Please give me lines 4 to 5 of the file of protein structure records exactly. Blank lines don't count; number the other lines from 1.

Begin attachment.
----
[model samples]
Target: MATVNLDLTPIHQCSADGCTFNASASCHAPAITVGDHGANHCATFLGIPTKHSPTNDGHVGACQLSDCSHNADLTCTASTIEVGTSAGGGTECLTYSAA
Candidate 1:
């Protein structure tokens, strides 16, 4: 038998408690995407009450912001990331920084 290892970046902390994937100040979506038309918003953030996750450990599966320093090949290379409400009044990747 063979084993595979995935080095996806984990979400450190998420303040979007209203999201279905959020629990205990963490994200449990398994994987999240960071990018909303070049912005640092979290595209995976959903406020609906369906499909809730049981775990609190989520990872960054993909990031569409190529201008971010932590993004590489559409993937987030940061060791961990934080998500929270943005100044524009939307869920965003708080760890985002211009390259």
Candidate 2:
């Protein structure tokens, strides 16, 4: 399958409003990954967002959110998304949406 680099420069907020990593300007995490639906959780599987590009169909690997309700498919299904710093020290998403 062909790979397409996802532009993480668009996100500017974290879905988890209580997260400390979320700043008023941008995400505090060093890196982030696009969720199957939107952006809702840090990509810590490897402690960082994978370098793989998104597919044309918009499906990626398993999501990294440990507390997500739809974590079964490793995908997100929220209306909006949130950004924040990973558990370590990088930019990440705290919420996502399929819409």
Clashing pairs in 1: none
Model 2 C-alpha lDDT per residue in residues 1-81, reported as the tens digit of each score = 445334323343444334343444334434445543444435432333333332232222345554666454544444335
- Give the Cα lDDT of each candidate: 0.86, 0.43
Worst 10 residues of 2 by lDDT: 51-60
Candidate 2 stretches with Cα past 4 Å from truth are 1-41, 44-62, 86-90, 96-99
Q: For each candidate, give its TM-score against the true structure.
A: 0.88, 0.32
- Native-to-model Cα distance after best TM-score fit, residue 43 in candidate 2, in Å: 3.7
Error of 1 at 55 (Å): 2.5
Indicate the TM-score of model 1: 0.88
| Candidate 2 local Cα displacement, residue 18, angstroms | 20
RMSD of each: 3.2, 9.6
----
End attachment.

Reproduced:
């Protein structure tokens, strides 16, 4: 038998408690995407009450912001990331920084 290892970046902390994937100040979506038309918003953030996750450990599966320093090949290379409400009044990747 063979084993595979995935080095996806984990979400450190998420303040979007209203999201279905959020629990205990963490994200449990398994994987999240960071990018909303070049912005640092979290595209995976959903406020609906369906499909809730049981775990609190989520990872960054993909990031569409190529201008971010932590993004590489559409993937987030940061060791961990934080998500929270943005100044524009939307869920965003708080760890985002211009390259």
Candidate 2: